Abstract Title:

Alteration of gut microbiota-associated epitopes in children with autism spectrum disorders.

Abstract Source:

Brain Behav Immun. 2018 Oct 27. Epub 2018 Oct 27. PMID: 30394313

Abstract Author(s):

Mingbang Wang, Jiaxiu Zhou, Fusheng He, Chunquan Cai, Hui Wang, Yan Wang, Yin Lin, Han Rong, Guoqiang Cheng, Ruihuan Xu, Wenhao Zhou

Article Affiliation:

Mingbang Wang


BACKGROUND: Autism spectrum disorder (ASD) affects 1% of children and has no cure. Gastrointestinal (GI) problems are common in children with ASD, and although gut microbiota is known to play an important role in ASD through the gut-brain axis, the specific mechanism is unknown. Recent evidence suggests that gut microbiota may participate in the pathogenesis of ASD through immune- and inflammation-mediated pathways. Here, we identified potentially immunogenic epitopes derived from gut microbiota in stool samples from ASD children with and without GI problems and typically developing (TD) children.

METHODS: Candidate gut microbiota-associated epitopes (MEs) were identified by blast shotgun metagenomic sequencing of fecal samples from 43 ASD children (19 with and 24 without GI involvement) and 31 sex- and age-matched typically developing (TD) children. Potentially immunogenic epitopes were screened against a predictive human Immune Epitope Database. The composition and abundance of candidate MEs were compared between the three groups of children.

RESULTS: MEs identified in ASD children with GI problems were significantly more diverse than those in TD children. ME composition could discriminate between the three groups of children. We identified 34 MEs that were significantly more or less abundant in ASD children than TD children, most (29/34) of the differences in MEs were reduced in ASD and associated with abnormal gut IgA level and altered gut microbiota composition, these MEs were limited effected by clinical factors such as age, gender, and GI problems, of which eleven MEs were pathogenic microorganisms peptides with strong T or B cell response, nine MEs showed high homology to peptides from human self proteins associated with autoimmune disease occurrence, eliciting immune attack against hematopoietic stem cells and inhibition antigen binding. We also found that the abundance of five MEs were increased in ASD, including three human self proteins, gap junction alpha-1 (GJA1), paired box protein Pax-3 (PAX3) and eyes absent homolog 1 isoform 4 (EYA1) which associated with cancer, and a ME with homology to a Listeriolysin O peptide from the pathogenic bacterium Listeria monocytogenes was significantly increased in ASD children compared with TD children.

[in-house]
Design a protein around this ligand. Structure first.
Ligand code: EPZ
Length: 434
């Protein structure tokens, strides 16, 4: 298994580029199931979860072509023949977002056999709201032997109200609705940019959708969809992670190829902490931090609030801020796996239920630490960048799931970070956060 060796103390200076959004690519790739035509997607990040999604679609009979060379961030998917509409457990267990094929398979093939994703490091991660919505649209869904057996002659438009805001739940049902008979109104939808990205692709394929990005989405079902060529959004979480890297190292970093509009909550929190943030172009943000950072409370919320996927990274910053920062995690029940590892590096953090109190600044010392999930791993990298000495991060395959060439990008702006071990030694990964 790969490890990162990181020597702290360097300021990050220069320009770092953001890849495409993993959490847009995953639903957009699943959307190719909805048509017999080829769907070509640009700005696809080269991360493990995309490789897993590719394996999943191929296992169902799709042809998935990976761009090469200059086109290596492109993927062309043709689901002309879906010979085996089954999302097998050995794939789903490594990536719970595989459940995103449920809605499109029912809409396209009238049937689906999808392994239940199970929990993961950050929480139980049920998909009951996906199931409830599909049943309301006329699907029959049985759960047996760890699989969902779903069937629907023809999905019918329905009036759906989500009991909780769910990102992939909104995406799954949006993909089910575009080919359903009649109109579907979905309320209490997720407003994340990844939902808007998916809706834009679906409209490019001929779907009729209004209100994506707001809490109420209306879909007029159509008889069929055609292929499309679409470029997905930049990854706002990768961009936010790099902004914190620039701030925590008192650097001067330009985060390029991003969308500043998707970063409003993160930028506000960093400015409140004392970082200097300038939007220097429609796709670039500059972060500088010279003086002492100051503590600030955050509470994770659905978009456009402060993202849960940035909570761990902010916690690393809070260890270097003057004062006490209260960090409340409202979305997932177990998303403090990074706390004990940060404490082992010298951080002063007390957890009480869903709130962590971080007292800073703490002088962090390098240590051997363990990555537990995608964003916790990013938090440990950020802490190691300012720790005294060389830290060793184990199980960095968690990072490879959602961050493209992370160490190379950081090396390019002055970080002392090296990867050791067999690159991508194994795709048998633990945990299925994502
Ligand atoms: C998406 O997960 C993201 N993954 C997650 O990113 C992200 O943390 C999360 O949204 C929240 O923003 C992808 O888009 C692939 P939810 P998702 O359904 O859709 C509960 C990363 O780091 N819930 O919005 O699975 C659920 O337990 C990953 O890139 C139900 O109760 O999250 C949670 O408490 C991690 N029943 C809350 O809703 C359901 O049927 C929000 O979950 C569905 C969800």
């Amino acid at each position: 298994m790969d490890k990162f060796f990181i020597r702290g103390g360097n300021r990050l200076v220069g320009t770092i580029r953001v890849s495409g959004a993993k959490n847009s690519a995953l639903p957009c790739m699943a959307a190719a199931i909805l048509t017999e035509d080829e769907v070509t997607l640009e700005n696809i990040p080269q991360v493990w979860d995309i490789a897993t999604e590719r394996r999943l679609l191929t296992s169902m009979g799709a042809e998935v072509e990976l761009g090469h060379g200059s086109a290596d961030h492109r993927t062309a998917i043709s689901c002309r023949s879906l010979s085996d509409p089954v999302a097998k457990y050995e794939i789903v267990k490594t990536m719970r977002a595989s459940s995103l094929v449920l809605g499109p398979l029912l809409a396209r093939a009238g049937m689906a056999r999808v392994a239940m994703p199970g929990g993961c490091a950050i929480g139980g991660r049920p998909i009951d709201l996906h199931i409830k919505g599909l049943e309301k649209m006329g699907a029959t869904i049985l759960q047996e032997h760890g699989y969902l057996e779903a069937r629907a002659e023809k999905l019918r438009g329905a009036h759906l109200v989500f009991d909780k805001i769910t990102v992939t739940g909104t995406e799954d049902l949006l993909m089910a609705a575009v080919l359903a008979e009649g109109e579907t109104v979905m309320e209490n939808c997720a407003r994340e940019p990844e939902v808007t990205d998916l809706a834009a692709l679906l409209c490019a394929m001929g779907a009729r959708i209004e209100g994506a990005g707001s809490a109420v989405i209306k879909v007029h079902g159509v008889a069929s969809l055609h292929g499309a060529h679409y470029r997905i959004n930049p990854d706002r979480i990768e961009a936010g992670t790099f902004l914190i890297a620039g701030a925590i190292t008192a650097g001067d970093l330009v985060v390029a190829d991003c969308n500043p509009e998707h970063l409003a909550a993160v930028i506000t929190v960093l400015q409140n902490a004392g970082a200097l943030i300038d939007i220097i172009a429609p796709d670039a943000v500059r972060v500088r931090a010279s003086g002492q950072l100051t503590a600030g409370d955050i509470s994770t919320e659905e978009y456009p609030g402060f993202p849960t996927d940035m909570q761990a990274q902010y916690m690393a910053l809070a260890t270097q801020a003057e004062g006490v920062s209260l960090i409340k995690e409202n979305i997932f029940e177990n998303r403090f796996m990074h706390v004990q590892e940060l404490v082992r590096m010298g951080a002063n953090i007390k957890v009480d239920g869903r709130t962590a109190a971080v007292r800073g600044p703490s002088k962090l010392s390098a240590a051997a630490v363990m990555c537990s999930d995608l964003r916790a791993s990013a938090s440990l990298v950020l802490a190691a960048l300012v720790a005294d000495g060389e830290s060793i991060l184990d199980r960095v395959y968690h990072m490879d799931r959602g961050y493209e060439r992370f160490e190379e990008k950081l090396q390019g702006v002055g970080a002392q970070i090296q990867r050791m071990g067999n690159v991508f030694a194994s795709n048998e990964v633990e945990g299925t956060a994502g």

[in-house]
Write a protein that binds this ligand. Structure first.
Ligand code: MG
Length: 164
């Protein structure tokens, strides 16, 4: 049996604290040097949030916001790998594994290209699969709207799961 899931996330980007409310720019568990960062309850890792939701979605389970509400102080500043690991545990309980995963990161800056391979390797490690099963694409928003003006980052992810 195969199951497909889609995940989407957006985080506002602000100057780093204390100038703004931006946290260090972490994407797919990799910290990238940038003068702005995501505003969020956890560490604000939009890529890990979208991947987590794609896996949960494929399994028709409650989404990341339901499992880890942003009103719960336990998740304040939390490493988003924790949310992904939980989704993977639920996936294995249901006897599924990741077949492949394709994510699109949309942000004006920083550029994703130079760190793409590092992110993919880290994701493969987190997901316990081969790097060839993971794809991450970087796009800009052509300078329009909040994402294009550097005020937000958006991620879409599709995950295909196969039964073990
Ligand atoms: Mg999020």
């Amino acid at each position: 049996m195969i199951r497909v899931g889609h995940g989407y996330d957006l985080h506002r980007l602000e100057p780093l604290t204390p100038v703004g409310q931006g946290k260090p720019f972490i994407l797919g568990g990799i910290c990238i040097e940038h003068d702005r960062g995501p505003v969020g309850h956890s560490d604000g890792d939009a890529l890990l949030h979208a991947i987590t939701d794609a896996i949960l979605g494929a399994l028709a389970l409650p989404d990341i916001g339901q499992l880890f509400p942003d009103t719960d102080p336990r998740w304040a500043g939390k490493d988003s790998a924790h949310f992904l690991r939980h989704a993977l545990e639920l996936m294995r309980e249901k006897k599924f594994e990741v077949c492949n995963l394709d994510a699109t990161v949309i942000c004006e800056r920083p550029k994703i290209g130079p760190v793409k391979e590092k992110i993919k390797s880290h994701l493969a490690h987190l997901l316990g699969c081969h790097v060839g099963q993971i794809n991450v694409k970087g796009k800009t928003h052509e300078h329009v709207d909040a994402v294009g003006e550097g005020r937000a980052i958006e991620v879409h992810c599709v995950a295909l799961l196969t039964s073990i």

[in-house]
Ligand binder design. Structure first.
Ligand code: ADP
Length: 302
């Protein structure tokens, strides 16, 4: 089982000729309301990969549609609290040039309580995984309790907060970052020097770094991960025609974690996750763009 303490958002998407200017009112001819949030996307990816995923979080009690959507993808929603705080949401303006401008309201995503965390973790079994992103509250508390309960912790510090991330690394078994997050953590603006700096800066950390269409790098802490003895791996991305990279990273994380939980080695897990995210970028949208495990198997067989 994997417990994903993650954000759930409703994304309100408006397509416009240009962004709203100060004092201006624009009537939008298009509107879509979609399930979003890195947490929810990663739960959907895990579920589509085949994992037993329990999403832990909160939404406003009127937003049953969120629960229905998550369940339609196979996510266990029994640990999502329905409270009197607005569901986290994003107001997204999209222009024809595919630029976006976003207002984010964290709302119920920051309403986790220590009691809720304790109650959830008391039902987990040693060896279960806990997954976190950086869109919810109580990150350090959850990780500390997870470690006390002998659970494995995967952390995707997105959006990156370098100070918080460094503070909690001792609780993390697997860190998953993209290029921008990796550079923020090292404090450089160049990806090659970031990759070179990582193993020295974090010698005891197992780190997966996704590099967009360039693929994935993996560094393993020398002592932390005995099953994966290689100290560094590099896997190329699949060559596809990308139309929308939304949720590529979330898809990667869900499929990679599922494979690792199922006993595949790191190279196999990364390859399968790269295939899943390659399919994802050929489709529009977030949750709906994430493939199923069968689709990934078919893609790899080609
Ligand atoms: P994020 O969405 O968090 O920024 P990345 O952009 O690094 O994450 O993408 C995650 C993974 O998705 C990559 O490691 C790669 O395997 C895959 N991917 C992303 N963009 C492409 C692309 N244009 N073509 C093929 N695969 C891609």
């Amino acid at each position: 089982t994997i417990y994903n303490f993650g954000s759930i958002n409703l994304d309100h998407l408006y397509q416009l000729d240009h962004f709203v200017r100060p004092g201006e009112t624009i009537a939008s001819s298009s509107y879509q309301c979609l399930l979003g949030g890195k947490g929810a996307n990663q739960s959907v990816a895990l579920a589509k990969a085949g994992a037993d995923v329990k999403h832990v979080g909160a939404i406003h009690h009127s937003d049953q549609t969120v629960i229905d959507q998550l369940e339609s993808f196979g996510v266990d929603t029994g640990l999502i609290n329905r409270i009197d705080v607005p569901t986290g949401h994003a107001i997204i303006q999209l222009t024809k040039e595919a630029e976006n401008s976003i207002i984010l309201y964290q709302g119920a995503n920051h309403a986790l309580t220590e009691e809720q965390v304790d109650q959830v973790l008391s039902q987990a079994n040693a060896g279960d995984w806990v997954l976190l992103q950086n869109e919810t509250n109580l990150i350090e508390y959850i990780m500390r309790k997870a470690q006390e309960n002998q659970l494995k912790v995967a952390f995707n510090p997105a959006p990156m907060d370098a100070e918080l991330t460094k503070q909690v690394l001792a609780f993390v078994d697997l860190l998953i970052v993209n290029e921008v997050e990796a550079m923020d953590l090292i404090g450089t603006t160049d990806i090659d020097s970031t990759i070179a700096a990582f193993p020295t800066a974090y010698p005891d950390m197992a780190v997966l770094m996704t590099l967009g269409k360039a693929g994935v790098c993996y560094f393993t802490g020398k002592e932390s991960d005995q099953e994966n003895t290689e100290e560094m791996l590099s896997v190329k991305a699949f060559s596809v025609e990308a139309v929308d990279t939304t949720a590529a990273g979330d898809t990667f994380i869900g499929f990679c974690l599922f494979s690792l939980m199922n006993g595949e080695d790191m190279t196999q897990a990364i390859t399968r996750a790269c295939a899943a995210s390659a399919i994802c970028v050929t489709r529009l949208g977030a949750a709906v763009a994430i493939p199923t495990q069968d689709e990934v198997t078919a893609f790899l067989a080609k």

CONCLUSIONS: Our findings demonstrate the abnormal of MEs composition in the gut of children with ASD, moreover, the abnormality in MEs composition was associated with abnormal gut IgA levels and altered gut microbiota composition, this abnormality also suggests that there may be abnormalities in intestinal immunity in children with ASD; In all, thirty-four MEs identified were potential biomarker of ASD, andalterations in MEs may contribute to abnormalities in gut immunity and/or homeostasis in ASD children. Further study of the MEs identified here may advance our understanding of the pathogenesis of ASD.

Study Type : Human Study

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